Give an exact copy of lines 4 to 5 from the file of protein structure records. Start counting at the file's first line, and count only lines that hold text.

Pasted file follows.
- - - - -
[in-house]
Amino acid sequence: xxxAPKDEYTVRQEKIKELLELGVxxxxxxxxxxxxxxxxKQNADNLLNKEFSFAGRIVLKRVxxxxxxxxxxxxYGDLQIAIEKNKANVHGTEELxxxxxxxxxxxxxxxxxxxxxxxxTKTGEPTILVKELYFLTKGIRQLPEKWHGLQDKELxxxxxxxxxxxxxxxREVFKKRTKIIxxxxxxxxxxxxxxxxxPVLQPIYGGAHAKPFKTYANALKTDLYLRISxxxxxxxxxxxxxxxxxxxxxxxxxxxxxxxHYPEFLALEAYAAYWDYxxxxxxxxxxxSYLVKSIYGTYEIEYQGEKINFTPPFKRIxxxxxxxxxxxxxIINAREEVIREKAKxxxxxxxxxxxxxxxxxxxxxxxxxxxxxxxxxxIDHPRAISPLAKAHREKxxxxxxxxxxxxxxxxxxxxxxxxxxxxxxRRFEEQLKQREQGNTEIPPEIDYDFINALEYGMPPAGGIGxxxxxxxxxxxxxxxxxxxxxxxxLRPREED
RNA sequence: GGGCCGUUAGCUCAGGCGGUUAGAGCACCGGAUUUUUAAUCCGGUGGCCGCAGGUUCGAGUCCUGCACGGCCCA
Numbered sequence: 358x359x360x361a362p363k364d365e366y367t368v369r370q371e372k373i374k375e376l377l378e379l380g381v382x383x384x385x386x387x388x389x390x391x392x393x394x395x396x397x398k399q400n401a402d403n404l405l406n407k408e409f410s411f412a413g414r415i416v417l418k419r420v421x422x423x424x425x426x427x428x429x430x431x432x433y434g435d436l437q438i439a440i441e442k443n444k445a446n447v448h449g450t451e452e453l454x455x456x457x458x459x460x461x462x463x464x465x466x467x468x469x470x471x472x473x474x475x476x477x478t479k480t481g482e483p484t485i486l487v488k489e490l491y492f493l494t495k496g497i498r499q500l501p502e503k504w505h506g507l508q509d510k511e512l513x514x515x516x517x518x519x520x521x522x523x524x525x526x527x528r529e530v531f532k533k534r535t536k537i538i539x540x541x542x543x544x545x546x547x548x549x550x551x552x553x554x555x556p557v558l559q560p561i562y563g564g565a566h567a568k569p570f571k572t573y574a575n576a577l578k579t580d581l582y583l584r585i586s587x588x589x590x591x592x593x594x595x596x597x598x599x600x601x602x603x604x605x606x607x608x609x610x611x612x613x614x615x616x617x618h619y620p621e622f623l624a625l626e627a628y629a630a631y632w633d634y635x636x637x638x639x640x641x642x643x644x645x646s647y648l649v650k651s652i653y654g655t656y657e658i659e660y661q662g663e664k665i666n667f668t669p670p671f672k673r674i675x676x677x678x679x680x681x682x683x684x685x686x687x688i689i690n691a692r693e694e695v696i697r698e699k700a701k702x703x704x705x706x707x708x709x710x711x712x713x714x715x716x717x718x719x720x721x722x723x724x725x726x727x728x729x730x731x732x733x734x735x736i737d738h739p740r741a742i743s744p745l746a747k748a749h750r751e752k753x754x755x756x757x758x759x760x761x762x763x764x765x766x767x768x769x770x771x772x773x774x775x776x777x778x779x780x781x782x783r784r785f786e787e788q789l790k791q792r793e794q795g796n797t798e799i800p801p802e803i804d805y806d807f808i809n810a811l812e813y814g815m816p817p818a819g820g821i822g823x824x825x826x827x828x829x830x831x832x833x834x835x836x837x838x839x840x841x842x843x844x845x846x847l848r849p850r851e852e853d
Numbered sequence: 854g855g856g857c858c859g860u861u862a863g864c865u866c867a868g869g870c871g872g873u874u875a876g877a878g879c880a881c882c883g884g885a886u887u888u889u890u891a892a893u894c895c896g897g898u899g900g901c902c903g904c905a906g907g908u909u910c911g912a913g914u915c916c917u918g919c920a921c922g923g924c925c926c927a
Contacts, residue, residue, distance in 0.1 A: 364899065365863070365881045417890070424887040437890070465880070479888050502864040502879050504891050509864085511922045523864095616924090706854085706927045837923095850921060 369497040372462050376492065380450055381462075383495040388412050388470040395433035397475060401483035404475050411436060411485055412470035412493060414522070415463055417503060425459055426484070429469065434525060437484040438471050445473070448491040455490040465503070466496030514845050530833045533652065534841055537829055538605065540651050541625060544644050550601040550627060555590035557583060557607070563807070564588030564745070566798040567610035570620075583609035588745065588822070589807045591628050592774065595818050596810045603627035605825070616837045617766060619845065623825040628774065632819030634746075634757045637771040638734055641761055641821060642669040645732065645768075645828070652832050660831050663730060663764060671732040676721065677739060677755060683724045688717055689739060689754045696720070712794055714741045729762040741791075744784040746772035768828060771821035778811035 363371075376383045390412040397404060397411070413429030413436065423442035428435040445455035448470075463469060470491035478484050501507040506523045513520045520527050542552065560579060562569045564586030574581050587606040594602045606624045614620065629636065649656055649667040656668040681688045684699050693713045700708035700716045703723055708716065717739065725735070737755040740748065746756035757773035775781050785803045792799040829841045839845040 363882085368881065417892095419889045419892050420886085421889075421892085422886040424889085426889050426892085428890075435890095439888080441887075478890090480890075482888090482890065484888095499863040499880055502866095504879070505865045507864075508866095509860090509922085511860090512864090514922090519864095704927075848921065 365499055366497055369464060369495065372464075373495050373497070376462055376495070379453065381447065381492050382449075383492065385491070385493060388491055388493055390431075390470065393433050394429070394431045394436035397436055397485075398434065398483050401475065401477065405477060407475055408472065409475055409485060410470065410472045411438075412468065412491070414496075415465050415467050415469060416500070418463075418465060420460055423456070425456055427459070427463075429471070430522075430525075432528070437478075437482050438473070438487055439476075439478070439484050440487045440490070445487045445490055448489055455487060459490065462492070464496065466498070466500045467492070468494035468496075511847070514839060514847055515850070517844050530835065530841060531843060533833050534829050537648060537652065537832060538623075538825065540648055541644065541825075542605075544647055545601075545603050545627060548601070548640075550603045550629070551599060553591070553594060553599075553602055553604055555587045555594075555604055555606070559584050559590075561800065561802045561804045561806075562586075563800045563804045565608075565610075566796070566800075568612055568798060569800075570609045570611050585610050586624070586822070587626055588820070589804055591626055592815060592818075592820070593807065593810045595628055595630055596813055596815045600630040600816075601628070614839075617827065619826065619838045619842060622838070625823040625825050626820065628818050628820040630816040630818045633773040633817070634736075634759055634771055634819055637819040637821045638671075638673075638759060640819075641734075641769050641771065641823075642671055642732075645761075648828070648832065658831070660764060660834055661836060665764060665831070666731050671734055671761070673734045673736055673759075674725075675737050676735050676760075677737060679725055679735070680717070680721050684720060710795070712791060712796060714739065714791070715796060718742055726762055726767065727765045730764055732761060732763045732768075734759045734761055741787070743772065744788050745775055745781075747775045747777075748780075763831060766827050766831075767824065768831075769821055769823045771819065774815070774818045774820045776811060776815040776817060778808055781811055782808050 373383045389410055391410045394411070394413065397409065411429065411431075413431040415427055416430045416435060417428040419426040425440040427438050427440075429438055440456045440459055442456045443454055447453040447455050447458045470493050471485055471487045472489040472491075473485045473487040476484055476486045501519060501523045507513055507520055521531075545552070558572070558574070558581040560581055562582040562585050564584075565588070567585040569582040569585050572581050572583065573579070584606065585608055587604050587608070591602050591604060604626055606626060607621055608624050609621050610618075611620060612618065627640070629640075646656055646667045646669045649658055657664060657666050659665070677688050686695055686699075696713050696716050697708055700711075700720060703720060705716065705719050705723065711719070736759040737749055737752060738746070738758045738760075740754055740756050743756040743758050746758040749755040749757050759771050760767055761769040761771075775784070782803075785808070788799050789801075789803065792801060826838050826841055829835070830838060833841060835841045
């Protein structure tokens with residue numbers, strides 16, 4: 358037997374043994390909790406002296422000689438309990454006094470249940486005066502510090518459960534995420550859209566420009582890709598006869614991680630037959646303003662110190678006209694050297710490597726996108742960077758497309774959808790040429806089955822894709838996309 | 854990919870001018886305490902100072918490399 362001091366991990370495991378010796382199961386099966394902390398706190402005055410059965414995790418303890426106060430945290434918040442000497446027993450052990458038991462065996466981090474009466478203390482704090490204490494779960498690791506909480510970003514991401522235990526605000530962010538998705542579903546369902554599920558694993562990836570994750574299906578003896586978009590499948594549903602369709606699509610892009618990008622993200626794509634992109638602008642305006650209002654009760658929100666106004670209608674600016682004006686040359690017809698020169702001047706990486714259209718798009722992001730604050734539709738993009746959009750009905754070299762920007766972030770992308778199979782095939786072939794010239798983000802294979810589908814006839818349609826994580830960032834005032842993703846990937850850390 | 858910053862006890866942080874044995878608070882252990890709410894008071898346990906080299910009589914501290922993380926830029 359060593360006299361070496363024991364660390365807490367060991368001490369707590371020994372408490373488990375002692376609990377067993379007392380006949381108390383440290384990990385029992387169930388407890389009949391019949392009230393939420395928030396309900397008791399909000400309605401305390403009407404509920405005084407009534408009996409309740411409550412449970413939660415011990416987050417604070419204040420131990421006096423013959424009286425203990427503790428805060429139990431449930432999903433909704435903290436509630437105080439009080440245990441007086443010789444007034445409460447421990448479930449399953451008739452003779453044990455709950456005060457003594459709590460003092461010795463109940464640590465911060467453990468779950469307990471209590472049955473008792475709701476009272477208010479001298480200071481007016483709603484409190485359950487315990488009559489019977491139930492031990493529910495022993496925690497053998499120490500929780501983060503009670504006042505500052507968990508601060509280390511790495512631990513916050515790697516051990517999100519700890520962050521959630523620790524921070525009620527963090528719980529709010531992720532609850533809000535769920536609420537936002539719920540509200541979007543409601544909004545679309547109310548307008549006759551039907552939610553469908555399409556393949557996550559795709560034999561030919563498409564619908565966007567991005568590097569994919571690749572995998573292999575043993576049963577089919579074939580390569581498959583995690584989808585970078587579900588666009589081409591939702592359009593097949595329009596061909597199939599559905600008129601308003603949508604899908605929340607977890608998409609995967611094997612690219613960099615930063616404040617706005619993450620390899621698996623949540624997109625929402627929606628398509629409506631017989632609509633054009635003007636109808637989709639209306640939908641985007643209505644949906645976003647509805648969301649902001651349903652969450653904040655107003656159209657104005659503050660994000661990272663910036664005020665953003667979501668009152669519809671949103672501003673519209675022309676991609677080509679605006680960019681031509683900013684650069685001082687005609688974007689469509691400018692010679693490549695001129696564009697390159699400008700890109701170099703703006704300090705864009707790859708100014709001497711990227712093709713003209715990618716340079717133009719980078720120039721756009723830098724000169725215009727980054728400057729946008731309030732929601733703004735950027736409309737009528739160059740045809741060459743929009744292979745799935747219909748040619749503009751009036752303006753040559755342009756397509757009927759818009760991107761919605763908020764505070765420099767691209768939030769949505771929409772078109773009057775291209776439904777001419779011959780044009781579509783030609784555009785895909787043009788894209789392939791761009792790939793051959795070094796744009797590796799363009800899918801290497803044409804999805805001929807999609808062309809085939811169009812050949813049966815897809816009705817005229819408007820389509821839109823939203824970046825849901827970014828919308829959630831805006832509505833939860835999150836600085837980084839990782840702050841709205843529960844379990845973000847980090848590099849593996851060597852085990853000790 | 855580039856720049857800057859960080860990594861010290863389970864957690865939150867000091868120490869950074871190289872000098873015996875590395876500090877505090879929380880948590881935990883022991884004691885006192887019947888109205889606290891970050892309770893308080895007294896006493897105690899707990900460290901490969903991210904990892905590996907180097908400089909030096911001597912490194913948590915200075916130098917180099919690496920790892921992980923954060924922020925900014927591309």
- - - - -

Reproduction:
Numbered sequence: 358x359x360x361a362p363k364d365e366y367t368v369r370q371e372k373i374k375e376l377l378e379l380g381v382x383x384x385x386x387x388x389x390x391x392x393x394x395x396x397x398k399q400n401a402d403n404l405l406n407k408e409f410s411f412a413g414r415i416v417l418k419r420v421x422x423x424x425x426x427x428x429x430x431x432x433y434g435d436l437q438i439a440i441e442k443n444k445a446n447v448h449g450t451e452e453l454x455x456x457x458x459x460x461x462x463x464x465x466x467x468x469x470x471x472x473x474x475x476x477x478t479k480t481g482e483p484t485i486l487v488k489e490l491y492f493l494t495k496g497i498r499q500l501p502e503k504w505h506g507l508q509d510k511e512l513x514x515x516x517x518x519x520x521x522x523x524x525x526x527x528r529e530v531f532k533k534r535t536k537i538i539x540x541x542x543x544x545x546x547x548x549x550x551x552x553x554x555x556p557v558l559q560p561i562y563g564g565a566h567a568k569p570f571k572t573y574a575n576a577l578k579t580d581l582y583l584r585i586s587x588x589x590x591x592x593x594x595x596x597x598x599x600x601x602x603x604x605x606x607x608x609x610x611x612x613x614x615x616x617x618h619y620p621e622f623l624a625l626e627a628y629a630a631y632w633d634y635x636x637x638x639x640x641x642x643x644x645x646s647y648l649v650k651s652i653y654g655t656y657e658i659e660y661q662g663e664k665i666n667f668t669p670p671f672k673r674i675x676x677x678x679x680x681x682x683x684x685x686x687x688i689i690n691a692r693e694e695v696i697r698e699k700a701k702x703x704x705x706x707x708x709x710x711x712x713x714x715x716x717x718x719x720x721x722x723x724x725x726x727x728x729x730x731x732x733x734x735x736i737d738h739p740r741a742i743s744p745l746a747k748a749h750r751e752k753x754x755x756x757x758x759x760x761x762x763x764x765x766x767x768x769x770x771x772x773x774x775x776x777x778x779x780x781x782x783r784r785f786e787e788q789l790k791q792r793e794q795g796n797t798e799i800p801p802e803i804d805y806d807f808i809n810a811l812e813y814g815m816p817p818a819g820g821i822g823x824x825x826x827x828x829x830x831x832x833x834x835x836x837x838x839x840x841x842x843x844x845x846x847l848r849p850r851e852e853d
Numbered sequence: 854g855g856g857c858c859g860u861u862a863g864c865u866c867a868g869g870c871g872g873u874u875a876g877a878g879c880a881c882c883g884g885a886u887u888u889u890u891a892a893u894c895c896g897g898u899g900g901c902c903g904c905a906g907g908u909u910c911g912a913g914u915c916c917u918g919c920a921c922g923g924c925c926c927a